Tuesday, September 25, 2007

"Socrates and Abraham Walk into a Bar..."

So during class Nathan played upon the two men walk into a bar joke to help us compare the views of Socrates and Abraham on religion and piety. While I found this statement very humorous, I can't help but sit and actually wonder what would the two men have discussed.

I believe it is true, as I think Carrie said, Abraham appears to be so strong in his faith that he would be able to provide a stronger argument for Socrates. Abraham worships only one God, so that would eliminate Socrates' first challenge to the definition of piety. Abraham might actually be able to persuade Socrates that piety is what God loves and the opposite is what he hates. Abraham would be able to back up this theory because he has actually conversed with God. From the view of Abraham his argument seems plausible.

Unfortunately I believe Socrates is too intelligent to ever allow himself to give in to defeat. I believe that he would attack Abraham's statements that he talked to God. Abraham can never prove that he actually talked to God. How can Abraham be sure he wasn't talking to the Devil or that the voices he heard were not a figment of his imagination? He cannot, and because of this, Socrates will have the opening he needs to go in for the kill.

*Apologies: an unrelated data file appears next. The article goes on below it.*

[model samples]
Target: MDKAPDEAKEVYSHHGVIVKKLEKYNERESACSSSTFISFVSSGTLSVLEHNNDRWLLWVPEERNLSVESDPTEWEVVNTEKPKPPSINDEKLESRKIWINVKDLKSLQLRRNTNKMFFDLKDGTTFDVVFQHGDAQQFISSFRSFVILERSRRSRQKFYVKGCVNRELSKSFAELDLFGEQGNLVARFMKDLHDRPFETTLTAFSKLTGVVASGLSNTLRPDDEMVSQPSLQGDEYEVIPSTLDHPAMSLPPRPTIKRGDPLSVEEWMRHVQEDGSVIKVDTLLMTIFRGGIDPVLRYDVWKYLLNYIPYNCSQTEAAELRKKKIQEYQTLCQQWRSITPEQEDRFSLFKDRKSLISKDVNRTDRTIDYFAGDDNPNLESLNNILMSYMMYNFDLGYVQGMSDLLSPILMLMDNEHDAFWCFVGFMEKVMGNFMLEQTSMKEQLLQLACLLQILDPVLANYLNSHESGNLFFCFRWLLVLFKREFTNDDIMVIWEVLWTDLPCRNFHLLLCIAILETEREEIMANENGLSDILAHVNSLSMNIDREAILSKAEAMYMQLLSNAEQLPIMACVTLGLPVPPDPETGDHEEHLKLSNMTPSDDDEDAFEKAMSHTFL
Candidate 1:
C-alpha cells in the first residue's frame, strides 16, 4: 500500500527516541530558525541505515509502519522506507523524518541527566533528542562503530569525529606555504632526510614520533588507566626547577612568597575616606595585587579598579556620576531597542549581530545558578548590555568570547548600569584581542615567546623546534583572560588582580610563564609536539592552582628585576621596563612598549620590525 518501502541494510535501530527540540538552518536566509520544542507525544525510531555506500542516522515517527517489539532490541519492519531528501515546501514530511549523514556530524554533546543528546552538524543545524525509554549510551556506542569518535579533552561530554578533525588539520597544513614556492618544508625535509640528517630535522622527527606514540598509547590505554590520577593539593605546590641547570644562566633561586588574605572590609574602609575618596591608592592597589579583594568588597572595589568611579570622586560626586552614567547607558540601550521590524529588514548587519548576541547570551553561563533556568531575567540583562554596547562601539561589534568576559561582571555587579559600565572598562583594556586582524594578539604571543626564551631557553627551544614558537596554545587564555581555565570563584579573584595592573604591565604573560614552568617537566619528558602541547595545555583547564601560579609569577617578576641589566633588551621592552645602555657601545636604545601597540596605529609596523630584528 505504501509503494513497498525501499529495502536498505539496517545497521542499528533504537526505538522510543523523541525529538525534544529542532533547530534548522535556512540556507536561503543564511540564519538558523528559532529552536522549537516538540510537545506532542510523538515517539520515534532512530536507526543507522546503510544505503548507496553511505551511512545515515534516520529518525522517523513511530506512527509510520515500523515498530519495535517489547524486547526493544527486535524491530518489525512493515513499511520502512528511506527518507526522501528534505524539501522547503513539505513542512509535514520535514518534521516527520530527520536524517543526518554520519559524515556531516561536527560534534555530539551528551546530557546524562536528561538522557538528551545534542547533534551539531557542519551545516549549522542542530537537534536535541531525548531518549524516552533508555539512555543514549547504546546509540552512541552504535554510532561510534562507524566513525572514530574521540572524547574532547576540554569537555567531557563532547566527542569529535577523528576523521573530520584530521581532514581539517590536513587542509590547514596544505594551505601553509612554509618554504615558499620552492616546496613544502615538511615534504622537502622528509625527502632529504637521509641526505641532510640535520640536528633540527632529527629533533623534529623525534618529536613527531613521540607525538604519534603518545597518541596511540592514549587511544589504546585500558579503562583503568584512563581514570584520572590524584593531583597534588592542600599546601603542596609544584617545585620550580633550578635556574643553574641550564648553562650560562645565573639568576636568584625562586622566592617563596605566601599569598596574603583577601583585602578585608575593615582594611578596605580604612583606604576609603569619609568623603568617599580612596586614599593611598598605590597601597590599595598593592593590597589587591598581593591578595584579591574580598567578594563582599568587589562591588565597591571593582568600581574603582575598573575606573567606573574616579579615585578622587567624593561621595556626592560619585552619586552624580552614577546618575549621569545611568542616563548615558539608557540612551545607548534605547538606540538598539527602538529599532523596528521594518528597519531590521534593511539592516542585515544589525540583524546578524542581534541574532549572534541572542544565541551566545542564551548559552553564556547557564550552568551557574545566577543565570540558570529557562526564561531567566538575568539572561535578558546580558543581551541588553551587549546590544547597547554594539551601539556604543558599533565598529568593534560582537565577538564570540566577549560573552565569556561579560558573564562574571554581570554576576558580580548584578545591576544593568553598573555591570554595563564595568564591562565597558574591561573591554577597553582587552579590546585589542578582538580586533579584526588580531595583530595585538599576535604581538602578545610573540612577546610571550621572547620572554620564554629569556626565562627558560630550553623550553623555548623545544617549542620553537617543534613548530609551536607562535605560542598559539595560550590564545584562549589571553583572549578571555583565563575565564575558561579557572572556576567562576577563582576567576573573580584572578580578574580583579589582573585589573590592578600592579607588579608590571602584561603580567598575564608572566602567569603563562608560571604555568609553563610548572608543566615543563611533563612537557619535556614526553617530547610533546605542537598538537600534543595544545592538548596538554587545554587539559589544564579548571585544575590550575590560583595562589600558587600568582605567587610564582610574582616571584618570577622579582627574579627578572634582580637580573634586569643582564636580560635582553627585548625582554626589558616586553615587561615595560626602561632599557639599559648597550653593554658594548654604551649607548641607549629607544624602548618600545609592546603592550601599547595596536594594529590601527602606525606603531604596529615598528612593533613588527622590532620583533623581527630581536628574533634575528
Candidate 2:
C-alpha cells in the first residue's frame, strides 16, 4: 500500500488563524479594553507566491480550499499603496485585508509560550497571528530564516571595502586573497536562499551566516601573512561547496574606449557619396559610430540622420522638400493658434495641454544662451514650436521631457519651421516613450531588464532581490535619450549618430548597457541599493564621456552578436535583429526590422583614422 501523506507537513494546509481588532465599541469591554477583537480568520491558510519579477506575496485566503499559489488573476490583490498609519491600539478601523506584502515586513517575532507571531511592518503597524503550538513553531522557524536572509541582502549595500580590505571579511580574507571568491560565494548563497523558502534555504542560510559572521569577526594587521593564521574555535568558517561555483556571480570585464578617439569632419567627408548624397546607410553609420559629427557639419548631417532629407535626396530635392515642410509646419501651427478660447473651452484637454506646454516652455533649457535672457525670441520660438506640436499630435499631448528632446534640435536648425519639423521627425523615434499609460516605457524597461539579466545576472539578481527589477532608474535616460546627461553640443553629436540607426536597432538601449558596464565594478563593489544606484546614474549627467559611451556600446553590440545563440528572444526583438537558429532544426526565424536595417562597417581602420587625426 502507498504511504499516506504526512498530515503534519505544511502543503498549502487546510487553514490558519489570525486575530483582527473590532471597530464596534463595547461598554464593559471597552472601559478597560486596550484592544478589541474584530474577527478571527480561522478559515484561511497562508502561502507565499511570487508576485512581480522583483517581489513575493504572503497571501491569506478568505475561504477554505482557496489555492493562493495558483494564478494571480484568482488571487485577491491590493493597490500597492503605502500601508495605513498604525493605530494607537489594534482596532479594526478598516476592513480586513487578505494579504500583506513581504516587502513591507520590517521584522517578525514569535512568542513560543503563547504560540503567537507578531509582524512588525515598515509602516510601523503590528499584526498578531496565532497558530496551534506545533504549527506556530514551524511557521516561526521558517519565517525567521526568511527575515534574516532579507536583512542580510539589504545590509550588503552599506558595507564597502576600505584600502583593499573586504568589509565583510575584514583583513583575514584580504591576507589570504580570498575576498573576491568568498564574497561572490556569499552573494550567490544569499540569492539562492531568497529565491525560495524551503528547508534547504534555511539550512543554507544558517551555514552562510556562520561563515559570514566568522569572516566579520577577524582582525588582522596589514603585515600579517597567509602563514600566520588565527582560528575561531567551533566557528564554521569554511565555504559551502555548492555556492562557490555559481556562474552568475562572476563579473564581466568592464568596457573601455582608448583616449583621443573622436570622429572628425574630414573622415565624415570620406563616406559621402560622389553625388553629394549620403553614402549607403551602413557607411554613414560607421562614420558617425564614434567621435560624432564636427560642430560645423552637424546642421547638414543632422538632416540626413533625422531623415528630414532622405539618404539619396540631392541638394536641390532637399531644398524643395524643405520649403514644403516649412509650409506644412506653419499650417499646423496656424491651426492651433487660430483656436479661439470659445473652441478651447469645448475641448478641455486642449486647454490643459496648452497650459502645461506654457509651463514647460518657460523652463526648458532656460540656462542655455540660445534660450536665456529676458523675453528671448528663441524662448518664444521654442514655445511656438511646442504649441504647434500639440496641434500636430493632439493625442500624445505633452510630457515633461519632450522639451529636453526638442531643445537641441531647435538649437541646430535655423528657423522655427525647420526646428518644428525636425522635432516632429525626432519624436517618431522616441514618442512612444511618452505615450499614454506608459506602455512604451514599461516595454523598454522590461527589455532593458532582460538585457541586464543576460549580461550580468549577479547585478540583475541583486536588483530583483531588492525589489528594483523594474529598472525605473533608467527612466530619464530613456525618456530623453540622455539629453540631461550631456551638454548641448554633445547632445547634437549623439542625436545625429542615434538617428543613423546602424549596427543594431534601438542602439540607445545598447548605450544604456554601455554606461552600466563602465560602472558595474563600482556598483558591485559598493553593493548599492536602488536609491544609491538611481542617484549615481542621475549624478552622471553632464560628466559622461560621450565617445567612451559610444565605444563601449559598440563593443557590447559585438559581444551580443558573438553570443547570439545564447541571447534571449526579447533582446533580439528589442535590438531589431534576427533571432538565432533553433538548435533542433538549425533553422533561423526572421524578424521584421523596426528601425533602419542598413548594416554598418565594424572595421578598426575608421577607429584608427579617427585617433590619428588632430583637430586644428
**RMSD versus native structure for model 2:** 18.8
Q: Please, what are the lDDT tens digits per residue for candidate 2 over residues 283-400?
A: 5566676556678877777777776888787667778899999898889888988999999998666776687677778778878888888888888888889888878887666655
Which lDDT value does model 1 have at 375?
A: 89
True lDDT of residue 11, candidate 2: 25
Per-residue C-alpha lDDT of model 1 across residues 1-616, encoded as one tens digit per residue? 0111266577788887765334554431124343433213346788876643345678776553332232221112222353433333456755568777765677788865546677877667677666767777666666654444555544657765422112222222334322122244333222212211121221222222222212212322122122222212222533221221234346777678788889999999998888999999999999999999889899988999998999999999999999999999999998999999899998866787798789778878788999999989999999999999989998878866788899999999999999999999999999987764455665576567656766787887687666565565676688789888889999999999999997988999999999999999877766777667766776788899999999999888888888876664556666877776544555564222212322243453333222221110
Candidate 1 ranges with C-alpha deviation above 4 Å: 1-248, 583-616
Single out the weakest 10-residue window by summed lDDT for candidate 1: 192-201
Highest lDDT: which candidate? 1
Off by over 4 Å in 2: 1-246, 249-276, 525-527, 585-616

Socrates is at a distinct advantage both against Euthyphro and Abraham. Socrates must simply sit back and wait for the other men to disclose a flaw in their arguments. Once they do so, he can pounce and make a fool of them. Socrates himself does not need to provide any definitions. Many people assume that Socrates has already come to his own conclusions about the topics he asks others about. I, however, am not convinced. I believe that Socrates may have questions just like the rest of society and he actually is interested in collecting data to formulate his own conclusions as he goes along.

The questions that Socrates asks are always so broad and influenced by opinions and beliefs that it is almost impossible to establish one solid definition. There is always room for interpretation and change.

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